Genevieve Moore, head of corporate tax at chartered accountants Blick Rothenberg, says: “With Brexit in the background, businesses of all sizes are facing a period of uncertainty and challenge, and it is up to the government to calm the waters.
“This should start now with a reassuring and simple budget,” she says.
Genevieve Moore, courtesy of Blick Rotherberg
With the context firmly in place, we can now turn our attention to the likely specifics of what will happen in relation to tax and spending as the government fights to cling on to the office it occupies courtesy of Northern Ireland's Democratic Unionist Party.
Budget statements usually feature many if not all of the following: changes in taxation (usually increases), details of existing and new allowances, broad spending commitments, deficit reduction and borrowing plans.
On the revenue side, the following will certainly feature: income tax, fuel tax, value-added tax (VAT), excise duties on alcohol and tobacco, stamp duty on residential property, inheritance tax, pensions, record employment rates, national insurance, and savings in departmental budgets.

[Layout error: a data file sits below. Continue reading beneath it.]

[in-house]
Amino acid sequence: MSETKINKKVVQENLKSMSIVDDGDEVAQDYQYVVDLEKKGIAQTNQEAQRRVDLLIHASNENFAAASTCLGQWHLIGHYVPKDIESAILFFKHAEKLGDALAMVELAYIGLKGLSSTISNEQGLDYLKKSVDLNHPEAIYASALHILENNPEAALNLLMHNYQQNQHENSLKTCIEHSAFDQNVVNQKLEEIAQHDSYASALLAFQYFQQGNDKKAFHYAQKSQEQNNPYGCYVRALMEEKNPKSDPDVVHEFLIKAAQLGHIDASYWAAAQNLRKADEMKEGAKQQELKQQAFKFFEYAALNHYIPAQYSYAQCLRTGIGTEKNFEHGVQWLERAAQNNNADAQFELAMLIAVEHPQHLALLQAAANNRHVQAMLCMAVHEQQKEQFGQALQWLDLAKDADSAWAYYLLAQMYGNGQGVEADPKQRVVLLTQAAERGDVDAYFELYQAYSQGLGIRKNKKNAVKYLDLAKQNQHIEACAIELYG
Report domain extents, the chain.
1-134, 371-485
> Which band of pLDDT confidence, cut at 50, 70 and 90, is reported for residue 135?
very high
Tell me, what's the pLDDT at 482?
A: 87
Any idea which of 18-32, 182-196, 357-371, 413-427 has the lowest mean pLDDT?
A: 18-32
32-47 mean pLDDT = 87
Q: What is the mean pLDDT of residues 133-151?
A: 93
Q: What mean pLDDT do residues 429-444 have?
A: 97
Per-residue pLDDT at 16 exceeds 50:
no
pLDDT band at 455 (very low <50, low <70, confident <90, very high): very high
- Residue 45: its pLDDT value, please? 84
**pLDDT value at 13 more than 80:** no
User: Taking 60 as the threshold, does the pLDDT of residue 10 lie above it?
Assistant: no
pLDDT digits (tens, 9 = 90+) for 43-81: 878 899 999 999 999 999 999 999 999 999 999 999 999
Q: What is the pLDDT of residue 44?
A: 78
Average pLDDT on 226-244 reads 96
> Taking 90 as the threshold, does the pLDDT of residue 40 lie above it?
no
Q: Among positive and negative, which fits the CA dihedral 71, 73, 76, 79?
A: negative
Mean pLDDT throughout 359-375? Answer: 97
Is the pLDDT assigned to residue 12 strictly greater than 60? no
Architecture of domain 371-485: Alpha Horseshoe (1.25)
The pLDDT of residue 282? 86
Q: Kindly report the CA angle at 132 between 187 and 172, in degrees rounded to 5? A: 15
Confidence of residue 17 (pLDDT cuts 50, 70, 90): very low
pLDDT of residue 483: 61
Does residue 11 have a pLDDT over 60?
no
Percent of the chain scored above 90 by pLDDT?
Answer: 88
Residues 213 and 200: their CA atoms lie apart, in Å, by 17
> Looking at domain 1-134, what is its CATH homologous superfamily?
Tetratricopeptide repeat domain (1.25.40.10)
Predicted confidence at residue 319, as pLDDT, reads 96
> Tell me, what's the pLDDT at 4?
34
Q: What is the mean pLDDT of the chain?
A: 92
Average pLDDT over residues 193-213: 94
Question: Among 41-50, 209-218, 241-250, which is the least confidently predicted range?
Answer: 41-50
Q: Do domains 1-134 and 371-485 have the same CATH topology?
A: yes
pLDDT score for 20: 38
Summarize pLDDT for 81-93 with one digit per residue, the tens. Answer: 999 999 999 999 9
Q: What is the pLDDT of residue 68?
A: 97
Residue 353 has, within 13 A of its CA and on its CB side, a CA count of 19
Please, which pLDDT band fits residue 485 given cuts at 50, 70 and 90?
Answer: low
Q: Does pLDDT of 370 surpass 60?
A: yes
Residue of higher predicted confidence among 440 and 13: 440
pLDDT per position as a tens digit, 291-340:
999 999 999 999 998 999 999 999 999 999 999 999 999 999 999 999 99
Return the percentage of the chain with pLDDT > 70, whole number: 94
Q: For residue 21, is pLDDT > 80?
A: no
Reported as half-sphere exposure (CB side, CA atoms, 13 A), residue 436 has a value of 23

Drink producers, tobacco manufacturers, estate agents, house conveyancing firms and personal estate planners will all be watching with keen interest.
Acknowledging the OBR
The Chancellor will need to acknowledge that the Office for Budget Responsibility (OBR) recently announced that it had revised its own projects for current and future growth.
Having acknowledged them, he will then promptly ignore them to all intents and purposes. Movements in sterling and inflation are a given. As are trends in deficit reduction and the national debt.
On the spending side, we will hear about plans for the NHS, education, research and development, infrastructure (probably focusing on HS2, HS3 and Crossrail 2), backing business and the freezing of fuel duty.